Western Union goes digital with electronic payments platform

Western Union goes digital with electronic payments platform

Summary: Joining the rest of us in 2012, Western Union is debuting its own electronic payments platform.

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Although it is probably known more for its brick-and-mortar locations to transfer money, Western Union is finally going digital.

The wire transfer service has debuted WU Pay, an electronic payments platform that enables U.S. consumers to pay for online purchases from one of two ways.

After checking out and receiving a bill via email, online shoppers can either pay directly online using their existing bank accounts, or they can return to the Western Union agent locations pay in cash -- no financial information required.

One of the incentives for paying with an existing bank account online instead of just using a debit card (considering that sounds like the same thing), WU Pay also has a cash back rewards program.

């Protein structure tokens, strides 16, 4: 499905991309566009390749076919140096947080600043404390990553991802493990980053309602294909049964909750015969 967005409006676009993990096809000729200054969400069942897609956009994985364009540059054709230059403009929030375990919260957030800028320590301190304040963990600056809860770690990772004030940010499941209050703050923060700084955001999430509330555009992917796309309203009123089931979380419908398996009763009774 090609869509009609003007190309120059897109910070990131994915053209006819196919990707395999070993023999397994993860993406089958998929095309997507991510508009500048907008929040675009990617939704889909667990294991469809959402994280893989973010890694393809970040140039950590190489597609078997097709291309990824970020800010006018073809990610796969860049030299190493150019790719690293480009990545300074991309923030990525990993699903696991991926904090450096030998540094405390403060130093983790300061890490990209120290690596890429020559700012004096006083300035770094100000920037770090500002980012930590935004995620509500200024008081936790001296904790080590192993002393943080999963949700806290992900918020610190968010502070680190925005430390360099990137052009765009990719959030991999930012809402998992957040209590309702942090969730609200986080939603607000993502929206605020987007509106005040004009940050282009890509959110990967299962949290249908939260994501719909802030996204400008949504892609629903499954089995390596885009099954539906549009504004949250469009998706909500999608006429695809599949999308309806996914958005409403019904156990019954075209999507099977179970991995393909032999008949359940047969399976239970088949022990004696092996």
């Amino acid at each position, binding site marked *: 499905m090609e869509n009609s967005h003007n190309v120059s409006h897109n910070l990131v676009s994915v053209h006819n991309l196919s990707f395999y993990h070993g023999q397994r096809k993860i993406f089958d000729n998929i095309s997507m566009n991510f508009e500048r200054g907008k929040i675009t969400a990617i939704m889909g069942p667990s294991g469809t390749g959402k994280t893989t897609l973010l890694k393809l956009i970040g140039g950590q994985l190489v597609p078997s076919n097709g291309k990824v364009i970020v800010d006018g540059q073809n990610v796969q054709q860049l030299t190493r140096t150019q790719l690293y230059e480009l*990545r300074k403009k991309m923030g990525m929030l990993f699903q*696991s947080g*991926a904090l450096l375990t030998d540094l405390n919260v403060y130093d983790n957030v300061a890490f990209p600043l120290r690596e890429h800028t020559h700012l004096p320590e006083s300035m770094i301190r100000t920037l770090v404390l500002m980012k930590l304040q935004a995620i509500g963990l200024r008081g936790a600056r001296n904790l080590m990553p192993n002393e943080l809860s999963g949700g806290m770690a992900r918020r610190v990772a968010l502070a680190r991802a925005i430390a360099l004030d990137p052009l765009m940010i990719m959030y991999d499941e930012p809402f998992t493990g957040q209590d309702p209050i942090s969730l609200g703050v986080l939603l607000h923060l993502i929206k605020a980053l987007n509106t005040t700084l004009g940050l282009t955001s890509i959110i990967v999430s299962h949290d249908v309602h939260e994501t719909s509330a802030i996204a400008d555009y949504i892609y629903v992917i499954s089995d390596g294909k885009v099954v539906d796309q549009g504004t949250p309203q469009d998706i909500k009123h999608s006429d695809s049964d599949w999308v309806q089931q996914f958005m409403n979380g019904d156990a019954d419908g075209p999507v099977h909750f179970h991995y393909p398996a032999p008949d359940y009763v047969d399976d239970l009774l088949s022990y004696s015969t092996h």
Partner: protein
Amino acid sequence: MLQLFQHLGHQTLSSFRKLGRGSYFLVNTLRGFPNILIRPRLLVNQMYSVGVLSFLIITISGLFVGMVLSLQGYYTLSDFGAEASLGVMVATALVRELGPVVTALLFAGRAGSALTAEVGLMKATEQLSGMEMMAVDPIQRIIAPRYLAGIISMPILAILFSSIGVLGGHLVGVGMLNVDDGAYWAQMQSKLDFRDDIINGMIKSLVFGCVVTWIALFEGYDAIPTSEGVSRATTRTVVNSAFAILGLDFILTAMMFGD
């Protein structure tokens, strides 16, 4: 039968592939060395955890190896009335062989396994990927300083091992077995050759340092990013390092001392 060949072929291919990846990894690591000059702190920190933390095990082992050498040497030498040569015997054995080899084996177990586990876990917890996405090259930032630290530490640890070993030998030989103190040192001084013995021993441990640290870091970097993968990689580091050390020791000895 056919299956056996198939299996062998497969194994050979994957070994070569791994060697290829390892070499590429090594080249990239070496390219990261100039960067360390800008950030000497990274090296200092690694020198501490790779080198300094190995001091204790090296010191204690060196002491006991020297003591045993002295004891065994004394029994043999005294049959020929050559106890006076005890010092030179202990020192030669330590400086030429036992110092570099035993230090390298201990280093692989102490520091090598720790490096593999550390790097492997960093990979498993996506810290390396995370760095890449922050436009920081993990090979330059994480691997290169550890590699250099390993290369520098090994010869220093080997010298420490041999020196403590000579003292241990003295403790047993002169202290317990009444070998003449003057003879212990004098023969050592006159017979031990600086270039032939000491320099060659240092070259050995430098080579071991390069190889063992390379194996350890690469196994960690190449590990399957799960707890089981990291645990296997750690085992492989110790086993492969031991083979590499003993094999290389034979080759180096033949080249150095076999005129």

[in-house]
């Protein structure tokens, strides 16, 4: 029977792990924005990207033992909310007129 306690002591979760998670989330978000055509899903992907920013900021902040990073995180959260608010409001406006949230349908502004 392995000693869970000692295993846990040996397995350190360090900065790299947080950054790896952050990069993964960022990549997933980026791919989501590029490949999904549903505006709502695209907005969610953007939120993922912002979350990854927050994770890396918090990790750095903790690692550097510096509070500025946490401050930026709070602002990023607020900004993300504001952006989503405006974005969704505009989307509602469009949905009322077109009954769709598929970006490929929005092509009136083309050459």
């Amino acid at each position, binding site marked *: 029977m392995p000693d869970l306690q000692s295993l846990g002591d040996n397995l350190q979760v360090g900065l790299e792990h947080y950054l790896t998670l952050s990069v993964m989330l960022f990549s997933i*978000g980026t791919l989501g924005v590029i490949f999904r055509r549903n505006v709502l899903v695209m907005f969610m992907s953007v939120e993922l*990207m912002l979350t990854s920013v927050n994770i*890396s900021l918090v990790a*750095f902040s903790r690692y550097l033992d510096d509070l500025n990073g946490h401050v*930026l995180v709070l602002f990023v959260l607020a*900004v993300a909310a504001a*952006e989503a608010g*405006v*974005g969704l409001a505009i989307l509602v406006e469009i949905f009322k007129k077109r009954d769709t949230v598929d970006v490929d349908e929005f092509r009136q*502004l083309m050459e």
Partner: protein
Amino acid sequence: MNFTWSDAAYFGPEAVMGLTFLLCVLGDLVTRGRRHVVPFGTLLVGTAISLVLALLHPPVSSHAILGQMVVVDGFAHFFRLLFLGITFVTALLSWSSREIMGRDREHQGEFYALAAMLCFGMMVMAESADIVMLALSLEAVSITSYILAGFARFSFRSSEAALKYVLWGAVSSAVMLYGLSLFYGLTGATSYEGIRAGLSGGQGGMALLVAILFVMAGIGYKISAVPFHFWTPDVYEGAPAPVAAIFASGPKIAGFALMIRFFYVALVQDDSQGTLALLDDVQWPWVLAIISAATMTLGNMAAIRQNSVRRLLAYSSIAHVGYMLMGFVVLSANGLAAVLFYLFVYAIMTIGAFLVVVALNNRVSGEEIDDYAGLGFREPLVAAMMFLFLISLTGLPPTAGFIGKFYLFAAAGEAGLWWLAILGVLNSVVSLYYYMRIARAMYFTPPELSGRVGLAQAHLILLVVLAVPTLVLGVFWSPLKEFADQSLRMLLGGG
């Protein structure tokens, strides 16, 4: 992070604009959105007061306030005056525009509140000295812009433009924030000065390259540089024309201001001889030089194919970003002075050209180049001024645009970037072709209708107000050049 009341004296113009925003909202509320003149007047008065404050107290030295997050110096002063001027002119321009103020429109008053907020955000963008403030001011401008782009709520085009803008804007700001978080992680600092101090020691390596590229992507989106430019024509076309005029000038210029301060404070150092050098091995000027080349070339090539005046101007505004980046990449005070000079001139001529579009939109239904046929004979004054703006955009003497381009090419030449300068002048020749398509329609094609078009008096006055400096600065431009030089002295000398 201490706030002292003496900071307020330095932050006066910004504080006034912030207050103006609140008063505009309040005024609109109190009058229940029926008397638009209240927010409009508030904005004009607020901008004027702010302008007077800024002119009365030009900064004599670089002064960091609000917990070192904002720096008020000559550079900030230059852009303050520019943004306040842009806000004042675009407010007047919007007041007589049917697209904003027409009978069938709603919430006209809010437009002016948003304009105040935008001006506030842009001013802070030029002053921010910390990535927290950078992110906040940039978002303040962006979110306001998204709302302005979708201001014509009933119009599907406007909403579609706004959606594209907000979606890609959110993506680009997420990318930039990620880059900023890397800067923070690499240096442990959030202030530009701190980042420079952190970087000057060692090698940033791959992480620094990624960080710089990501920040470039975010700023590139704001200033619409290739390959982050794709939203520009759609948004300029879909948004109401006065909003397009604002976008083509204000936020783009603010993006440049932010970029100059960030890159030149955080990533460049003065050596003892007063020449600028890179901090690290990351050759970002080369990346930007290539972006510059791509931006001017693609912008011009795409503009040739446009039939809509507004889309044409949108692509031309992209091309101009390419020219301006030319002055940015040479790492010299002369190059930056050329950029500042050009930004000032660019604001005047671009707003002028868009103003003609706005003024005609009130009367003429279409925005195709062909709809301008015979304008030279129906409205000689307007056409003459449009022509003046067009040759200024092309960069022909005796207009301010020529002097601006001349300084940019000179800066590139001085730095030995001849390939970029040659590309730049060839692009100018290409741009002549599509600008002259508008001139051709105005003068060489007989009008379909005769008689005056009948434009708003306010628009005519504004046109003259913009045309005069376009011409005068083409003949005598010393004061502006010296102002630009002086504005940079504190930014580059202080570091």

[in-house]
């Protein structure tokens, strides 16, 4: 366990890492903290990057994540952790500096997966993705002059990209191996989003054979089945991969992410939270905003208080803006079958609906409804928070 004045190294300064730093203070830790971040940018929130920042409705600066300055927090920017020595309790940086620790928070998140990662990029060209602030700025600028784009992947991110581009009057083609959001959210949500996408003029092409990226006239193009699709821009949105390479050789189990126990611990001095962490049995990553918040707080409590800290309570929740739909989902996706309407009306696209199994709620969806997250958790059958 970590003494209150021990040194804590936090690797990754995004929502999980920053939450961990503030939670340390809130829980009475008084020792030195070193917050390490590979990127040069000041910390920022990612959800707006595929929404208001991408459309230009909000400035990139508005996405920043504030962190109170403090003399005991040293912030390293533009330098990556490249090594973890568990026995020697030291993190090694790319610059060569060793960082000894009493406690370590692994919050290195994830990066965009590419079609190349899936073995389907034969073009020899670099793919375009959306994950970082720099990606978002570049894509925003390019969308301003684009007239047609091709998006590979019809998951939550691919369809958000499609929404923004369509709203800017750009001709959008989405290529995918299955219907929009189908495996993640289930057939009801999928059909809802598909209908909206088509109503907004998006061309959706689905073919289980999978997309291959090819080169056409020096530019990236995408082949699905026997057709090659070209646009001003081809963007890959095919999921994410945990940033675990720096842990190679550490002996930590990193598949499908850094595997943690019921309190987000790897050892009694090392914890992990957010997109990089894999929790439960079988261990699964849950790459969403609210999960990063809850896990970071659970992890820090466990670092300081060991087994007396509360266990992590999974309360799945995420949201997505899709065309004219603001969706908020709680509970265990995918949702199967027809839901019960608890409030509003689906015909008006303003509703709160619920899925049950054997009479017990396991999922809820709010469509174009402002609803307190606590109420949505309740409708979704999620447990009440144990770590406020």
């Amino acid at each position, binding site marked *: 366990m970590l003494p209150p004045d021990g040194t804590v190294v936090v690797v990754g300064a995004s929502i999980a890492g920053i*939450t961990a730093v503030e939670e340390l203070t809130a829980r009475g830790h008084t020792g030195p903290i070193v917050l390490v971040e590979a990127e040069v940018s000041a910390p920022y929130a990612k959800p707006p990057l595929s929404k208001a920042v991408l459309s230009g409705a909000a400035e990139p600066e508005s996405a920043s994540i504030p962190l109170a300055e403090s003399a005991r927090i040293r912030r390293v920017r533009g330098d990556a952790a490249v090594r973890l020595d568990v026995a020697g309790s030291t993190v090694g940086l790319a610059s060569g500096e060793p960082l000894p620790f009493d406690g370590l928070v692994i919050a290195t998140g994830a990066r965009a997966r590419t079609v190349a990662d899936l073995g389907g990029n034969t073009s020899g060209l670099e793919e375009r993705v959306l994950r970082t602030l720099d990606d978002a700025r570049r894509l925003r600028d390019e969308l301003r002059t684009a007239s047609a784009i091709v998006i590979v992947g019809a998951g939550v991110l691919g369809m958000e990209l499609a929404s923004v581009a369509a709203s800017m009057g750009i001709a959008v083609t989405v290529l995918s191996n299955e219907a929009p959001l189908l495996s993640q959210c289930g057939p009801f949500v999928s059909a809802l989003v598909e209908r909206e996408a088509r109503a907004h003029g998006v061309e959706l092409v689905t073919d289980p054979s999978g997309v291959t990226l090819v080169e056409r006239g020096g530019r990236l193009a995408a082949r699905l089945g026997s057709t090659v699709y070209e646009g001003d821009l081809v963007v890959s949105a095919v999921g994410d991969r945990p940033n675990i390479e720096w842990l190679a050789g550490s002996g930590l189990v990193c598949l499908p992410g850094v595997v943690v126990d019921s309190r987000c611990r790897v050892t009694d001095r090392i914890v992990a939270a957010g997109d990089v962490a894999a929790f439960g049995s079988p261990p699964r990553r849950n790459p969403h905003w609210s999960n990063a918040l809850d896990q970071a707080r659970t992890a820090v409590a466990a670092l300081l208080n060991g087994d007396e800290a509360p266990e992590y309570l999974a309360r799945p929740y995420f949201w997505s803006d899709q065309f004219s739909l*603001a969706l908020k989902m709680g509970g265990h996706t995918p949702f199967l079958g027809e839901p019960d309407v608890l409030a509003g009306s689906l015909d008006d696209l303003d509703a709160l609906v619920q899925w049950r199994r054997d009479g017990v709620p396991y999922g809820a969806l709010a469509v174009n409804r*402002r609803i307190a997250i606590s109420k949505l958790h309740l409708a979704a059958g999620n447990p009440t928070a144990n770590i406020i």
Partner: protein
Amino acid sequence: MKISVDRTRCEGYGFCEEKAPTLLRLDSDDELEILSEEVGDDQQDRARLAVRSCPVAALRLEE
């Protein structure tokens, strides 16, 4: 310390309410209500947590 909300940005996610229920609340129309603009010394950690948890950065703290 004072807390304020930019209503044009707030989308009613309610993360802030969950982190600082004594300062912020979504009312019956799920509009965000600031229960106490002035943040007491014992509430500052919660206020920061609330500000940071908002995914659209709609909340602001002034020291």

That's certainly a new and more unique option for paying for online purchases. It certainly fits in with Western Union's trademarks of being able to pay in person at one of its more than 44,000 locations nationwide with cash only. It's still questionable whether or not such online purchases can then be traceable.

Nevertheless, major retailers seem very open to this new option already. WU Pay is already available as a payment option on hundreds of online stores, such as Sears, Kmart, Buy.com, and Tiger Direct, among others. Shoppers can also use this method to pay for over 60 virtual gift cards, including Amazon and The Home Depot.

To further entice merchants, Western Union is also touting WU Pay as "a lower-price option compared to other e-payment alternatives currently available."

WU Pay was made possible through Western Union's recent acquisition of the eBillme platform.

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Topics: Banking, Amazon, Apps, Tablets

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  • Listening to the pundits

    [ul][i]???Mr. Bell, after careful consideration of your invention, while it is a very interesting novelty, we have come to the conclusion that it has no commercial possibilities??? What use could this company make of an electrical toy????[/i][/ul]-- William Orton, president of Western Union, turning down an opportunity to buy all rights to the telephone for $100,000 in 1876.
    Robert Hahn